ONE’s LGBTQ Educational Initiatives
ONE National Gay & Lesbian Archives is the country’s leading expert on LGBTQ history and has been involved on many levels with the implementation of California’s Fair, Accurate, Inclusive and Respectful (FAIR) Education Act (SB 48), which became law on January 2012.
LGBTQ Inclusive Curricula Create Safer Schools
As a result of the FAIR Education Act, all California schools are required to integrate age appropriate, factual information about the roles and contributions of lesbian, gay, bisexual, and transgender Americans and people with disabilities into social studies classes.
Recent studies published by the Gay, Lesbian & Straight Education Network (GLSEN), and the Gay-Straight Alliance (GSA), have shown that LGBTQ students who learn LGBTQ history as part of a classroom lesson were much more likely to report a stronger sense of belonging and community at their school.
- Less than a fifth of LGBTQ students at schools with LGBTQ inclusive curriculum reported high levels of verbal harassment, physical harassment, and physical assault, compared to about 1 in 3 other students.
- Less than half (42.1%) of LGBTQ students in schools with LGBTQ inclusive curricula felt unsafe because of their sexual orientation, compared to almost two thirds (63.6%) of students in schools without this resource.
ONE Archives gave a LGBTQ History presentation at the GSA’s Queer Youth Advocacy Day in Sacramento.
FAIR Education Act Community Coalition
LGBTQ-inclusive lessons positively impact school safety in almost all contexts. In an effort to create safer schools for LGBTQ students, teachers need to receive professional development training, supplemental materials, and resources so that they are prepared to comply with the education code requirements updated by the FAIR Education Act.
ONE’s Director Joseph Hawkins giving a LGBT History presentation at the Hayward FAIR Act regional training institute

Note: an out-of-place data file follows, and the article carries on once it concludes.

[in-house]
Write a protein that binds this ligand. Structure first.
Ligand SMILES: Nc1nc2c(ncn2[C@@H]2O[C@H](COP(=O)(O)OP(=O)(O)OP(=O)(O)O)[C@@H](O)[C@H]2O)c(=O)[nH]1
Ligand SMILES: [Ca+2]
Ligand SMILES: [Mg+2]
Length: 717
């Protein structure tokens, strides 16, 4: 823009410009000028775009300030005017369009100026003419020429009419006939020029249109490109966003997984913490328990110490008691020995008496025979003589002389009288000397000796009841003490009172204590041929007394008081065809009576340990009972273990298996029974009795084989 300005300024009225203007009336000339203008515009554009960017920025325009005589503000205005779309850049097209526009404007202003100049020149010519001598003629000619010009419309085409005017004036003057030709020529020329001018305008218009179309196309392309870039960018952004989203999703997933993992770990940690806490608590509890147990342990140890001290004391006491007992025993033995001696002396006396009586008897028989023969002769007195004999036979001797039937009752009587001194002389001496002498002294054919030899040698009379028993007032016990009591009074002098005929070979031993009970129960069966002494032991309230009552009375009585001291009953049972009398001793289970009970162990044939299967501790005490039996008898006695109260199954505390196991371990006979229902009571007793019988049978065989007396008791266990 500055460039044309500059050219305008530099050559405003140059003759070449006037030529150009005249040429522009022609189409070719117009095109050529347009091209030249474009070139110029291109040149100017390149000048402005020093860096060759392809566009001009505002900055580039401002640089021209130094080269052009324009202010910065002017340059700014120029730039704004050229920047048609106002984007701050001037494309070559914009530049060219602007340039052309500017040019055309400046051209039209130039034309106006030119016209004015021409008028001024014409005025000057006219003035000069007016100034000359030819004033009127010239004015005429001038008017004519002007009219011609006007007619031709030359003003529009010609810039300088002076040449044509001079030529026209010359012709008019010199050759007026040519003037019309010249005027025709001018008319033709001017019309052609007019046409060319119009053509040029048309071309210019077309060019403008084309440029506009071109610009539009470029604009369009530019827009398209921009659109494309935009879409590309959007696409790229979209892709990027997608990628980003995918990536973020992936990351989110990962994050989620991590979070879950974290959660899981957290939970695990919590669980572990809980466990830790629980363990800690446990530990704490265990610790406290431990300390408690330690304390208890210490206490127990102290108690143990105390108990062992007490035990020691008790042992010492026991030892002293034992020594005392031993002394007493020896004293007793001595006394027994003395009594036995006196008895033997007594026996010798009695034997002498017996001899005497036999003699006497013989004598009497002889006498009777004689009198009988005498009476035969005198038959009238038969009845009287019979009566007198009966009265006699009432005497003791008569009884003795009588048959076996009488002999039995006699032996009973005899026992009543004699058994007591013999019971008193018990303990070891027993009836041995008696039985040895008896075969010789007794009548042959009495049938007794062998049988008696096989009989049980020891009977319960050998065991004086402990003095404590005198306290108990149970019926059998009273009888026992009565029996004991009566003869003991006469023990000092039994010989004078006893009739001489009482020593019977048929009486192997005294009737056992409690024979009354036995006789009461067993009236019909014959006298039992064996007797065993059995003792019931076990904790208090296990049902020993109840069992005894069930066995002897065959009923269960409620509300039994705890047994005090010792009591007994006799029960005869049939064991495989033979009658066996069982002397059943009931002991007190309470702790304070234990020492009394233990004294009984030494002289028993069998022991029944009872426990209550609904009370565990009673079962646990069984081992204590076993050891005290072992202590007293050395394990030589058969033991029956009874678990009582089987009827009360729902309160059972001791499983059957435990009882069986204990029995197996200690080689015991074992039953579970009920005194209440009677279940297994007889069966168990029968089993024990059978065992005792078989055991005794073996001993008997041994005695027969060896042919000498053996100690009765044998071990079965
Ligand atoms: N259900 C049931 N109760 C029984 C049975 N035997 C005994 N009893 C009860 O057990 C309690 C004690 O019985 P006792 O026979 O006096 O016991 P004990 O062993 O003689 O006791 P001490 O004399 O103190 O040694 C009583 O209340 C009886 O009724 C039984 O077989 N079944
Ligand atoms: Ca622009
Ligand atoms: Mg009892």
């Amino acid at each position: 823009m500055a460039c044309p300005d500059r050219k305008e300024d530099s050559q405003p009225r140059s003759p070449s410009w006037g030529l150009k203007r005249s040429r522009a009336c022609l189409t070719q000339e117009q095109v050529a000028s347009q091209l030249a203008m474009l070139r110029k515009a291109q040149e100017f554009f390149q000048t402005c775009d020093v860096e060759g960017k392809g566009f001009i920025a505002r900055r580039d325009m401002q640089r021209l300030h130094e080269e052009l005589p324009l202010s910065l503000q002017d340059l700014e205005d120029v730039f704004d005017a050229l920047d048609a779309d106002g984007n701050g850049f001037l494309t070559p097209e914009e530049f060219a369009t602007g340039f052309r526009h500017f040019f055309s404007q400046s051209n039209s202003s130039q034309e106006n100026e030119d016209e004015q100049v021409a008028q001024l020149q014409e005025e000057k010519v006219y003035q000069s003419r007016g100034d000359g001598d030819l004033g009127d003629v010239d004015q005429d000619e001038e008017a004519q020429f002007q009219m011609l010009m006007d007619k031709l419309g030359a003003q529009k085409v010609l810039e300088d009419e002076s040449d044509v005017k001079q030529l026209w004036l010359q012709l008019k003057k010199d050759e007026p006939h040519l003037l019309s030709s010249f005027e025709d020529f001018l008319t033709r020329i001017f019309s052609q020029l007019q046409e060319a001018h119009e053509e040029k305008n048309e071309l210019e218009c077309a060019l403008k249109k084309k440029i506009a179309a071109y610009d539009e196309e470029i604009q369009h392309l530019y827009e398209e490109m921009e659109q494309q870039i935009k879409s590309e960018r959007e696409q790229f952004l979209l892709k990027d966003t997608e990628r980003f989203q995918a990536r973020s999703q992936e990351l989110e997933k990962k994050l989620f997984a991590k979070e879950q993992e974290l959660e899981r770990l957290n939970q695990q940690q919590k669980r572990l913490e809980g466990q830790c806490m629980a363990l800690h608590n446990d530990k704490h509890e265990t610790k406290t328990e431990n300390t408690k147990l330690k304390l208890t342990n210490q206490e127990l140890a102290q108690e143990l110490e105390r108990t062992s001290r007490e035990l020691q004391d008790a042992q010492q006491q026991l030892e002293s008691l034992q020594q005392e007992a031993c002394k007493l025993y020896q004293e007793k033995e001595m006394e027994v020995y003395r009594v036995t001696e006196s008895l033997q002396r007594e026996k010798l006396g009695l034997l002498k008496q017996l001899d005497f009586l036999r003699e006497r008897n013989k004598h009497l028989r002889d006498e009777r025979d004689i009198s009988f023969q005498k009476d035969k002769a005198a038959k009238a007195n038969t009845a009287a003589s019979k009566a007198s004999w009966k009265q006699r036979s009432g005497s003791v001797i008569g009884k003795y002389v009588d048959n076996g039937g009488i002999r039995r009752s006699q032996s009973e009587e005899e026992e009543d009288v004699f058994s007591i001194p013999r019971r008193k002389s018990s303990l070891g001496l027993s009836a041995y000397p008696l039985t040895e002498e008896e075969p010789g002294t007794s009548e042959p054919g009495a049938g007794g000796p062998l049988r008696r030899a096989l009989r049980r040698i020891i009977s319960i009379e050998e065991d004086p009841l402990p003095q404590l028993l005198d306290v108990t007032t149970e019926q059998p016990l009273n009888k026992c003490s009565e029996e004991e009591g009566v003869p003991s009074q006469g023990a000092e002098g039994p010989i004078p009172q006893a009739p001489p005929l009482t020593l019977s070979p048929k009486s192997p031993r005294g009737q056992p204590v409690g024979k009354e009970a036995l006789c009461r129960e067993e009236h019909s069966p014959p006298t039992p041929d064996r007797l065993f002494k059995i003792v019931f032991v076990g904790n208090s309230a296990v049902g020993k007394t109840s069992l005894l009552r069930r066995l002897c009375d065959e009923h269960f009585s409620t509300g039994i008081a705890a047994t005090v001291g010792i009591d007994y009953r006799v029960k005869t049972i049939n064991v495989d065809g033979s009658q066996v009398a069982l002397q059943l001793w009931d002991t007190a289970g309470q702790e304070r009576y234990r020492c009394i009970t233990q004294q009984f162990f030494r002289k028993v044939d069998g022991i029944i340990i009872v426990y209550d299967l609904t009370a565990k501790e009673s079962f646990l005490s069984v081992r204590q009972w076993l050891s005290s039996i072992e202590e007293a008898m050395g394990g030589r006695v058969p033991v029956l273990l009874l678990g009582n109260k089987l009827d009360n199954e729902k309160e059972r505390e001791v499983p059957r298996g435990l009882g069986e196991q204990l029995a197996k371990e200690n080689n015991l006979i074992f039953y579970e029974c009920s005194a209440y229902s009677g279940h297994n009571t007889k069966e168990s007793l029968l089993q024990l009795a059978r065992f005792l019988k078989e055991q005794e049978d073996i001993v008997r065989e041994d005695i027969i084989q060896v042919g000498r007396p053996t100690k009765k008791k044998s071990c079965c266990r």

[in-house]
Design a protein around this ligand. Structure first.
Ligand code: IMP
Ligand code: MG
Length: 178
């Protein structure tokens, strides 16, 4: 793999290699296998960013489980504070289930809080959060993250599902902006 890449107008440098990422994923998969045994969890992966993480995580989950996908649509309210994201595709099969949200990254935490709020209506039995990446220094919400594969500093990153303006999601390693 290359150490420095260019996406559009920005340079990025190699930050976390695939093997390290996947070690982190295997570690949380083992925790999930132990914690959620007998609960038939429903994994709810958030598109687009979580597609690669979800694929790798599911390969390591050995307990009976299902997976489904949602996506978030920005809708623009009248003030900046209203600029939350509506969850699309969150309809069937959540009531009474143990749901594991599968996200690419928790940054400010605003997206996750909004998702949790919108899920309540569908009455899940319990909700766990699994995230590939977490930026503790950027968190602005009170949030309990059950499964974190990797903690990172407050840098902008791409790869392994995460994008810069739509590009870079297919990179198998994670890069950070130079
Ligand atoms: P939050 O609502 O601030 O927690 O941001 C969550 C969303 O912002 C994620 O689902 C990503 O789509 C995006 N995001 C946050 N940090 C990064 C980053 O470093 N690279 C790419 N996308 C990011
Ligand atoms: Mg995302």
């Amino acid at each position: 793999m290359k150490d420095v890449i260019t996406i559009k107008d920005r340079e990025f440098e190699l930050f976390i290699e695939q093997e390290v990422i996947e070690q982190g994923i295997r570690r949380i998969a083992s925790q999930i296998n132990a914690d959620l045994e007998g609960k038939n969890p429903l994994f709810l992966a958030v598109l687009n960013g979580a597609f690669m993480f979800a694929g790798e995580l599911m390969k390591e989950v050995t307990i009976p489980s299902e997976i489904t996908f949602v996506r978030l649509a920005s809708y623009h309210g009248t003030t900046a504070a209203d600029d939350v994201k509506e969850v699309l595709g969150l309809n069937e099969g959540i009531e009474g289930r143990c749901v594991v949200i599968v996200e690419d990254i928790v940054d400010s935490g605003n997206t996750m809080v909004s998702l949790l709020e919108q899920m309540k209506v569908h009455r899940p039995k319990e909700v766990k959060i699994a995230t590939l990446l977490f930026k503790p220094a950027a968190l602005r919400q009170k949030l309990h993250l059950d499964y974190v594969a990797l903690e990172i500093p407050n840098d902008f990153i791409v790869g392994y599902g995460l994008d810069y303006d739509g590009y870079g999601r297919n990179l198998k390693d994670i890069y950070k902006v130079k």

ONE National Gay & Lesbian Archives is part of a coalition of community organizations working together to ensure that each school district in the state of California has the resources they need to comply with the FAIR Education Act. This coalition includes organizations such as the California Foundation For Independent Living Centers, The Los Angeles Gay and Lesbian Center, the Gay-Straight Alliance, and several other LGBTQ and disability community activists.
ONE and the FAIR Education Act
ONE National Gay & Lesbian Archives is involved with the implementation of the FAIR Education Act in several key ways:
- At the State level: As a community partner of the Gay-Straight Alliance, we are an important part of their FAIR Education Act implementation negotiations with the California Department of Education. We provide resources to supplement their work and serve as LGBTQ history experts in meetings and interactions with the CDE.
- At the Grassroots level: As a community coalition partner with the California Foundation For Independent Living Centers, we work alongside local disability historians and activists to provide FAIR Act education seminars and professional development trainings to teachers, students, and community organizers at CFILC training institutes throughout California.
ONE’s Director, Joseph Hawkins, gives a LGBTQ History presentation to the students attending the GSA’s Queer Youth Advocacy Day and Leadership Academy in 2013.
- At the Local level: Through our partnership with the Los Angeles Unified School District and Project SPIN at the Los Angeles Gay and Lesbian Center, we are creating and dispersing supplemental materials about LGBTQ History to all LAUSD area teachers in order to assist them with compliance with the FAIR Education Act.
- At the University level: Through our ONE Archives LGBTQ History Internship Program, we are working with students from many different universities in Southern California to create traveling LGBTQ History exhibitions that explore topics such as LGBTQ Literature, The History of the Gay Rights Movement, and African America Gay History, among many others. These exhibitions are then used to teach LGBTQ history in high school classrooms statewide.
A sample panel from the ONE Archives “Growth of the Lesbian Press” panel exhibition